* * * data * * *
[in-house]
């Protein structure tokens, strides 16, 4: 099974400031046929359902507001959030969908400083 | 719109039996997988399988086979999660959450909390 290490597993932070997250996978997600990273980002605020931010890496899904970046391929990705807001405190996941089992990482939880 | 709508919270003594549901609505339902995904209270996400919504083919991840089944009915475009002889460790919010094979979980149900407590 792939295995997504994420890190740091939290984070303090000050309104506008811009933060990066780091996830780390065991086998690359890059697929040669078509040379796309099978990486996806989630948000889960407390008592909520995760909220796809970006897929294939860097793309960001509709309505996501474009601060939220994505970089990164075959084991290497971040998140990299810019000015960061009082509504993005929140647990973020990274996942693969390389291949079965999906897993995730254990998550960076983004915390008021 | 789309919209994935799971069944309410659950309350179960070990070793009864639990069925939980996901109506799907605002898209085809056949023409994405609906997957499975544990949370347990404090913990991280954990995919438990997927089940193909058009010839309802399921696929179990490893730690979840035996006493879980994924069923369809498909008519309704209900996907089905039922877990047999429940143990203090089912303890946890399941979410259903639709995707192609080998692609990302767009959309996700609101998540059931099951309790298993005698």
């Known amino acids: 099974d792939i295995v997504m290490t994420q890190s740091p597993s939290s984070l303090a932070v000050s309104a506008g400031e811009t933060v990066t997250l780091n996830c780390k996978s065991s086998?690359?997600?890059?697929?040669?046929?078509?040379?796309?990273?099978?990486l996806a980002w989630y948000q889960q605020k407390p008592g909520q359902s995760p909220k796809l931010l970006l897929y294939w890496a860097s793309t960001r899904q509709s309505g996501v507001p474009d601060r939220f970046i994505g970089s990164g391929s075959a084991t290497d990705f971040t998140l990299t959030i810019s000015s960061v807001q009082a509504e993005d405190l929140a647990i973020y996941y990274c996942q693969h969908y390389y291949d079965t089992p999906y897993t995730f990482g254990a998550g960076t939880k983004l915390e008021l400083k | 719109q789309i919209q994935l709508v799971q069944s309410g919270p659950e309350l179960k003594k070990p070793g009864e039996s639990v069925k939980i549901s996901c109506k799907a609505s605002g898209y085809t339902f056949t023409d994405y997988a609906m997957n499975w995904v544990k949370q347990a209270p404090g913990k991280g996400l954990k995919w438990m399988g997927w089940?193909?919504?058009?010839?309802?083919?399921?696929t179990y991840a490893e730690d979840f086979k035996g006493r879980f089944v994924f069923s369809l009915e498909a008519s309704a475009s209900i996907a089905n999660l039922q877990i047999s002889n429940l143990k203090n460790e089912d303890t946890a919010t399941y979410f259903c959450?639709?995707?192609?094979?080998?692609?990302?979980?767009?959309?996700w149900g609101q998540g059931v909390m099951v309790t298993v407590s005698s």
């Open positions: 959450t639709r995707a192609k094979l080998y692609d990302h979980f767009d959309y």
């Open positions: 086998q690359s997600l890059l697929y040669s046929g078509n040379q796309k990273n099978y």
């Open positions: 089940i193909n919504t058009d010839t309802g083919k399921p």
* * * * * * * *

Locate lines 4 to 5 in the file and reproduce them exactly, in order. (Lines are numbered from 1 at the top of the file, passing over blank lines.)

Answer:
């Open positions: 959450t639709r995707a192609k094979l080998y692609d990302h979980f767009d959309y």
């Open positions: 086998q690359s997600l890059l697929y040669s046929g078509n040379q796309k990273n099978y």